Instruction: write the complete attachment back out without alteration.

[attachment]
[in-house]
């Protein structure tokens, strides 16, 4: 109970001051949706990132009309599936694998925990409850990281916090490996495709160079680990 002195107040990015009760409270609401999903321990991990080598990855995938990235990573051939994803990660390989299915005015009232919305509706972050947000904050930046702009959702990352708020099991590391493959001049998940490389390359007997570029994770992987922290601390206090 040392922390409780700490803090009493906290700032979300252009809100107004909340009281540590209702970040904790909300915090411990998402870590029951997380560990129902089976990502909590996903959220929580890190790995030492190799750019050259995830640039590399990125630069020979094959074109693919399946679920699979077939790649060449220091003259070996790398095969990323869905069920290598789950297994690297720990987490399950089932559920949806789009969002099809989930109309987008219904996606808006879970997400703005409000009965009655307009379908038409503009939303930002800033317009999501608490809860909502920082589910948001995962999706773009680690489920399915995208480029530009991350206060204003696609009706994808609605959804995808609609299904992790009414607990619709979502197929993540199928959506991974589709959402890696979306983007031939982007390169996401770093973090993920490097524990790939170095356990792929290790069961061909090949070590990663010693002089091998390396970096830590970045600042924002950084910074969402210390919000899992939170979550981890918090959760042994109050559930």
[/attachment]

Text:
[in-house]
């Protein structure tokens, strides 16, 4: 109970001051949706990132009309599936694998925990409850990281916090490996495709160079680990 002195107040990015009760409270609401999903321990991990080598990855995938990235990573051939994803990660390989299915005015009232919305509706972050947000904050930046702009959702990352708020099991590391493959001049998940490389390359007997570029994770992987922290601390206090 040392922390409780700490803090009493906290700032979300252009809100107004909340009281540590209702970040904790909300915090411990998402870590029951997380560990129902089976990502909590996903959220929580890190790995030492190799750019050259995830640039590399990125630069020979094959074109693919399946679920699979077939790649060449220091003259070996790398095969990323869905069920290598789950297994690297720990987490399950089932559920949806789009969002099809989930109309987008219904996606808006879970997400703005409000009965009655307009379908038409503009939303930002800033317009999501608490809860909502920082589910948001995962999706773009680690489920399915995208480029530009991350206060204003696609009706994808609605959804995808609609299904992790009414607990619709979502197929993540199928959506991974589709959402890696979306983007031939982007390169996401770093973090993920490097524990790939170095356990792929290790069961061909090949070590990663010693002089091998390396970096830590970045600042924002950084910074969402210390919000899992939170979550981890918090959760042994109050559930």